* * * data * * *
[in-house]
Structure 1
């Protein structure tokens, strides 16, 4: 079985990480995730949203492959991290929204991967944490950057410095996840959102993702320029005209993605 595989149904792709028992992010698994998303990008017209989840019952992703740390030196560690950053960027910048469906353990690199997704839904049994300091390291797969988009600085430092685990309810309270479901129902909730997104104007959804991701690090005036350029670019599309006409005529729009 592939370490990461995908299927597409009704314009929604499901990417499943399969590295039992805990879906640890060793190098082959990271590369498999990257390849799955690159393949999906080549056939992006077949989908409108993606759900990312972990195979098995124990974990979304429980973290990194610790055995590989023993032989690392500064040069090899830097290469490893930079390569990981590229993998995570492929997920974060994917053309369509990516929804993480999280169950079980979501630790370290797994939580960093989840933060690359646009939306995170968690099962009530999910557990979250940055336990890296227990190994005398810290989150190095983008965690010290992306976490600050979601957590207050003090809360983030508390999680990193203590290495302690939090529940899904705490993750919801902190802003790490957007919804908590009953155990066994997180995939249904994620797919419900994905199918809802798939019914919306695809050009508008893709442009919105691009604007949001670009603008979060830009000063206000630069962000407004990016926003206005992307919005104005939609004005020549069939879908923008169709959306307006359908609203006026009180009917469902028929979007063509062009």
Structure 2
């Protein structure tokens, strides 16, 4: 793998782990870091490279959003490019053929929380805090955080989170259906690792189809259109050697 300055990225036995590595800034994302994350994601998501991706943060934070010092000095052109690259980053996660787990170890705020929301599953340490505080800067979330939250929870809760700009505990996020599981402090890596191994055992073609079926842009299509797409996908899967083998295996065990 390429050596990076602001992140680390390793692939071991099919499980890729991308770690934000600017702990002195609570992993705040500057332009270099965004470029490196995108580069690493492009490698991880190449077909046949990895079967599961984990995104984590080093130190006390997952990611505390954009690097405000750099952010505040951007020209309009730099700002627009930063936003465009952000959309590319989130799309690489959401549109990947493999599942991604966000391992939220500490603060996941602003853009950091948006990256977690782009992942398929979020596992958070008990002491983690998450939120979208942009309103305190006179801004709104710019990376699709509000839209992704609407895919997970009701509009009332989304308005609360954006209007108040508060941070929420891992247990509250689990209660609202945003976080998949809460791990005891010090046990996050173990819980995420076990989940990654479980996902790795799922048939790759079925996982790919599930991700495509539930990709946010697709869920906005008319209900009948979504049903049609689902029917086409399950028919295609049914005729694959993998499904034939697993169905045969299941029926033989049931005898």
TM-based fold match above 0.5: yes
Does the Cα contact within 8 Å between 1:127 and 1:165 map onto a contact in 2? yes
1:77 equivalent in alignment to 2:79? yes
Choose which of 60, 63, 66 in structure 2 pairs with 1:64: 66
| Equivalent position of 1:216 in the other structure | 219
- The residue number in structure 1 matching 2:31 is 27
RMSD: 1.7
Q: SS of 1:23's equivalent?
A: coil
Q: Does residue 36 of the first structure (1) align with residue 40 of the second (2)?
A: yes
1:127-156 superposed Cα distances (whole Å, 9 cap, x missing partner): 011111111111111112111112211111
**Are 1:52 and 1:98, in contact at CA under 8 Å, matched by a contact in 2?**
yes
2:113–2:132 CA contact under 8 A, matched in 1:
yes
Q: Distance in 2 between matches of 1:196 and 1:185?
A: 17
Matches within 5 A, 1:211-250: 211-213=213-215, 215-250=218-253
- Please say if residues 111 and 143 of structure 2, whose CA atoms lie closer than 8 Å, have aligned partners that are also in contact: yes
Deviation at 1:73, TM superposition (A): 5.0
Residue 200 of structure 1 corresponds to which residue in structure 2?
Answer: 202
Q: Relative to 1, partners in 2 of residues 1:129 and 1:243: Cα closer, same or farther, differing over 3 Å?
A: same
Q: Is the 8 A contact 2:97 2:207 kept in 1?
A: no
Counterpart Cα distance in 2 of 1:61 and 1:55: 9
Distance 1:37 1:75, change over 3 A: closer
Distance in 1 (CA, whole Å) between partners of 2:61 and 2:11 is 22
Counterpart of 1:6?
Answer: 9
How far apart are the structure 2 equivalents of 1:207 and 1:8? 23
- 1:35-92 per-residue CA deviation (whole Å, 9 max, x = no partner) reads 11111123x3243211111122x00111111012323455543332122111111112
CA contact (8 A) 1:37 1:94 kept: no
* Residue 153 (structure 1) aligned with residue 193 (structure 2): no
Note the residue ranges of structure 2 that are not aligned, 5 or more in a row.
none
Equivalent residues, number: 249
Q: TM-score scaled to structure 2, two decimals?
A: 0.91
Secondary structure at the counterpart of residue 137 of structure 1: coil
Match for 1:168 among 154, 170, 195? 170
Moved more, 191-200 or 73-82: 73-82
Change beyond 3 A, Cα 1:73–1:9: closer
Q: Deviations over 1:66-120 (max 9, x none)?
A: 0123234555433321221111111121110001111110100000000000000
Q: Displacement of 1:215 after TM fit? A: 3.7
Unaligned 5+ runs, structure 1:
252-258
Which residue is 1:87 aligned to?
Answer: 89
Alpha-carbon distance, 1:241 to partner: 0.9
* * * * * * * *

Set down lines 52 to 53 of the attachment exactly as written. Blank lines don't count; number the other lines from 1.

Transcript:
A: 0123234555433321221111111121110001111110100000000000000
Q: Displacement of 1:215 after TM fit? A: 3.7